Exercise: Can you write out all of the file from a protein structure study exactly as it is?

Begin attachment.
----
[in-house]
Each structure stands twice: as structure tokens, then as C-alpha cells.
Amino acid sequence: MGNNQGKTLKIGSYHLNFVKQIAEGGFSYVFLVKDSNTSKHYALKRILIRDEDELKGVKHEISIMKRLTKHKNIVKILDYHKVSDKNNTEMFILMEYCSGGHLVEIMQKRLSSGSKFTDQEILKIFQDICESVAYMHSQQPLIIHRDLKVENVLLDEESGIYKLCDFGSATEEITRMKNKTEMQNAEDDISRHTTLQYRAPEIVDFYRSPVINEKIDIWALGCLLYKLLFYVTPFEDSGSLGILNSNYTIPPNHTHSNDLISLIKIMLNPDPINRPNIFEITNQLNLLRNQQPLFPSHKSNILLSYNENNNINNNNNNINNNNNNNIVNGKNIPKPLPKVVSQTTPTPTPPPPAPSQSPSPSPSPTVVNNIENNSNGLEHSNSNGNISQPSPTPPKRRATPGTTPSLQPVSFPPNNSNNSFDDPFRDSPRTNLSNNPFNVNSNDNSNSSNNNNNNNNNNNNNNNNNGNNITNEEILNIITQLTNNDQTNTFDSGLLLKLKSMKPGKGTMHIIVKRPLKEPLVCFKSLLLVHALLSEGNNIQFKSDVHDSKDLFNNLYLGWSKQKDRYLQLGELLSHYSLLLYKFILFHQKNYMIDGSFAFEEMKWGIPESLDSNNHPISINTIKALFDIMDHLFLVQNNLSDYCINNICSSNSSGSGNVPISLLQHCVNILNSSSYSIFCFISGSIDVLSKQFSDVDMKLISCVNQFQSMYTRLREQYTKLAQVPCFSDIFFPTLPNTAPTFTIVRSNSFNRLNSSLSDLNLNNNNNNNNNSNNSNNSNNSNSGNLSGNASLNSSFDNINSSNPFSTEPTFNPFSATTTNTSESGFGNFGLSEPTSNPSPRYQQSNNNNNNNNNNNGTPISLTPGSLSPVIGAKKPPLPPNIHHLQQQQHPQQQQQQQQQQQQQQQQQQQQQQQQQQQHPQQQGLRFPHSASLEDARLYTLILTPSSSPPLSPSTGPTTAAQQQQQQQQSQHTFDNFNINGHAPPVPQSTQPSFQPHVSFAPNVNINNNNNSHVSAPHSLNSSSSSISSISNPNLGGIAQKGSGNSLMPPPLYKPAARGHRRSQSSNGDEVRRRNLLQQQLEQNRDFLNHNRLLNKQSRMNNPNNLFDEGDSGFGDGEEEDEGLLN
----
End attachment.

[in-house]
Each structure stands twice: as structure tokens, then as C-alpha cells.
Amino acid sequence: MGNNQGKTLKIGSYHLNFVKQIAEGGFSYVFLVKDSNTSKHYALKRILIRDEDELKGVKHEISIMKRLTKHKNIVKILDYHKVSDKNNTEMFILMEYCSGGHLVEIMQKRLSSGSKFTDQEILKIFQDICESVAYMHSQQPLIIHRDLKVENVLLDEESGIYKLCDFGSATEEITRMKNKTEMQNAEDDISRHTTLQYRAPEIVDFYRSPVINEKIDIWALGCLLYKLLFYVTPFEDSGSLGILNSNYTIPPNHTHSNDLISLIKIMLNPDPINRPNIFEITNQLNLLRNQQPLFPSHKSNILLSYNENNNINNNNNNINNNNNNNIVNGKNIPKPLPKVVSQTTPTPTPPPPAPSQSPSPSPSPTVVNNIENNSNGLEHSNSNGNISQPSPTPPKRRATPGTTPSLQPVSFPPNNSNNSFDDPFRDSPRTNLSNNPFNVNSNDNSNSSNNNNNNNNNNNNNNNNNGNNITNEEILNIITQLTNNDQTNTFDSGLLLKLKSMKPGKGTMHIIVKRPLKEPLVCFKSLLLVHALLSEGNNIQFKSDVHDSKDLFNNLYLGWSKQKDRYLQLGELLSHYSLLLYKFILFHQKNYMIDGSFAFEEMKWGIPESLDSNNHPISINTIKALFDIMDHLFLVQNNLSDYCINNICSSNSSGSGNVPISLLQHCVNILNSSSYSIFCFISGSIDVLSKQFSDVDMKLISCVNQFQSMYTRLREQYTKLAQVPCFSDIFFPTLPNTAPTFTIVRSNSFNRLNSSLSDLNLNNNNNNNNNSNNSNNSNNSNSGNLSGNASLNSSFDNINSSNPFSTEPTFNPFSATTTNTSESGFGNFGLSEPTSNPSPRYQQSNNNNNNNNNNNGTPISLTPGSLSPVIGAKKPPLPPNIHHLQQQQHPQQQQQQQQQQQQQQQQQQQQQQQQQQQHPQQQGLRFPHSASLEDARLYTLILTPSSSPPLSPSTGPTTAAQQQQQQQQSQHTFDNFNINGHAPPVPQSTQPSFQPHVSFAPNVNINNNNNSHVSAPHSLNSSSSSISSISNPNLGGIAQKGSGNSLMPPPLYKPAARGHRRSQSSNGDEVRRRNLLQQQLEQNRDFLNHNRLLNKQSRMNNPNNLFDEGDSGFGDGEEEDEGLLN